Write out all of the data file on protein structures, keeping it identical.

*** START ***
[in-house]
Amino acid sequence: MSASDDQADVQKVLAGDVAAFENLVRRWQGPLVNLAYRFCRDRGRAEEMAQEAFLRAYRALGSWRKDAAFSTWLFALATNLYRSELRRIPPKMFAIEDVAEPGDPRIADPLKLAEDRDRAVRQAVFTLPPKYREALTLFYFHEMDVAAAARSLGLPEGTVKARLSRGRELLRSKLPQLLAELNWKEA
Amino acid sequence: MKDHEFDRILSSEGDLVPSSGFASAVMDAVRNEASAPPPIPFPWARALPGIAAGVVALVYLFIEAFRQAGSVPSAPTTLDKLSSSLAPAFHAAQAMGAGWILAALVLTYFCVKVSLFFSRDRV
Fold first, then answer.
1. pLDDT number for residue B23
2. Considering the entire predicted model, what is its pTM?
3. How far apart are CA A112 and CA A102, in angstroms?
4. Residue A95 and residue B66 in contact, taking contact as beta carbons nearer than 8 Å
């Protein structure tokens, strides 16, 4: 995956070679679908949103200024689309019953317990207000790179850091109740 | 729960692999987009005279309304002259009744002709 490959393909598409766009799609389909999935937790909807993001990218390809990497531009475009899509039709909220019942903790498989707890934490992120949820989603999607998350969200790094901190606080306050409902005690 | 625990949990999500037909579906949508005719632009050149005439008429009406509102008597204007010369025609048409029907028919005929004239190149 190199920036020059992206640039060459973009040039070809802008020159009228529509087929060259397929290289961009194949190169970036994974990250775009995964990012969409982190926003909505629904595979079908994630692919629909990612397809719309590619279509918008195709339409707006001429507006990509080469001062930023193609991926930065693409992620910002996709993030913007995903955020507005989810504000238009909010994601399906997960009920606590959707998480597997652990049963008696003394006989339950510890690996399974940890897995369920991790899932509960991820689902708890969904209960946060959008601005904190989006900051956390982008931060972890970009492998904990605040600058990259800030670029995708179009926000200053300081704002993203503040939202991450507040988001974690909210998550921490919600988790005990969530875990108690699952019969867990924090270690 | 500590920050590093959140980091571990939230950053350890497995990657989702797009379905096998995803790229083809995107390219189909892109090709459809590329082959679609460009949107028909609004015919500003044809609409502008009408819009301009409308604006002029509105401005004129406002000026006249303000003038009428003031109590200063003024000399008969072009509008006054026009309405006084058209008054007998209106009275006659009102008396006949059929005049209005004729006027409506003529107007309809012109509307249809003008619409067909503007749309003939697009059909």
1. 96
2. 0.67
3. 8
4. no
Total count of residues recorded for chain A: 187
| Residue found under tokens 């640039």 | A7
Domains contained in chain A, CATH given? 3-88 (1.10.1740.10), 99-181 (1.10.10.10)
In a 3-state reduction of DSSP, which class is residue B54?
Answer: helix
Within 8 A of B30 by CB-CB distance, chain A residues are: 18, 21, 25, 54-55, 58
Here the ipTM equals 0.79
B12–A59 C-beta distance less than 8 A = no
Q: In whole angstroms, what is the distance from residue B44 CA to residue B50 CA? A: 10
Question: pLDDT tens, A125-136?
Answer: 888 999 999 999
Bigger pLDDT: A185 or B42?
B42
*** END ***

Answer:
[in-house]
Amino acid sequence: MSASDDQADVQKVLAGDVAAFENLVRRWQGPLVNLAYRFCRDRGRAEEMAQEAFLRAYRALGSWRKDAAFSTWLFALATNLYRSELRRIPPKMFAIEDVAEPGDPRIADPLKLAEDRDRAVRQAVFTLPPKYREALTLFYFHEMDVAAAARSLGLPEGTVKARLSRGRELLRSKLPQLLAELNWKEA
Amino acid sequence: MKDHEFDRILSSEGDLVPSSGFASAVMDAVRNEASAPPPIPFPWARALPGIAAGVVALVYLFIEAFRQAGSVPSAPTTLDKLSSSLAPAFHAAQAMGAGWILAALVLTYFCVKVSLFFSRDRV
Fold first, then answer.
1. pLDDT number for residue B23
2. Considering the entire predicted model, what is its pTM?
3. How far apart are CA A112 and CA A102, in angstroms?
4. Residue A95 and residue B66 in contact, taking contact as beta carbons nearer than 8 Å
């Protein structure tokens, strides 16, 4: 995956070679679908949103200024689309019953317990207000790179850091109740 | 729960692999987009005279309304002259009744002709 490959393909598409766009799609389909999935937790909807993001990218390809990497531009475009899509039709909220019942903790498989707890934490992120949820989603999607998350969200790094901190606080306050409902005690 | 625990949990999500037909579906949508005719632009050149005439008429009406509102008597204007010369025609048409029907028919005929004239190149 190199920036020059992206640039060459973009040039070809802008020159009228529509087929060259397929290289961009194949190169970036994974990250775009995964990012969409982190926003909505629904595979079908994630692919629909990612397809719309590619279509918008195709339409707006001429507006990509080469001062930023193609991926930065693409992620910002996709993030913007995903955020507005989810504000238009909010994601399906997960009920606590959707998480597997652990049963008696003394006989339950510890690996399974940890897995369920991790899932509960991820689902708890969904209960946060959008601005904190989006900051956390982008931060972890970009492998904990605040600058990259800030670029995708179009926000200053300081704002993203503040939202991450507040988001974690909210998550921490919600988790005990969530875990108690699952019969867990924090270690 | 500590920050590093959140980091571990939230950053350890497995990657989702797009379905096998995803790229083809995107390219189909892109090709459809590329082959679609460009949107028909609004015919500003044809609409502008009408819009301009409308604006002029509105401005004129406002000026006249303000003038009428003031109590200063003024000399008969072009509008006054026009309405006084058209008054007998209106009275006659009102008396006949059929005049209005004729006027409506003529107007309809012109509307249809003008619409067909503007749309003939697009059909």
1. 96
2. 0.67
3. 8
4. no
Total count of residues recorded for chain A: 187
| Residue found under tokens 């640039």 | A7
Domains contained in chain A, CATH given? 3-88 (1.10.1740.10), 99-181 (1.10.10.10)
In a 3-state reduction of DSSP, which class is residue B54?
Answer: helix
Within 8 A of B30 by CB-CB distance, chain A residues are: 18, 21, 25, 54-55, 58
Here the ipTM equals 0.79
B12–A59 C-beta distance less than 8 A = no
Q: In whole angstroms, what is the distance from residue B44 CA to residue B50 CA? A: 10
Question: pLDDT tens, A125-136?
Answer: 888 999 999 999
Bigger pLDDT: A185 or B42?
B42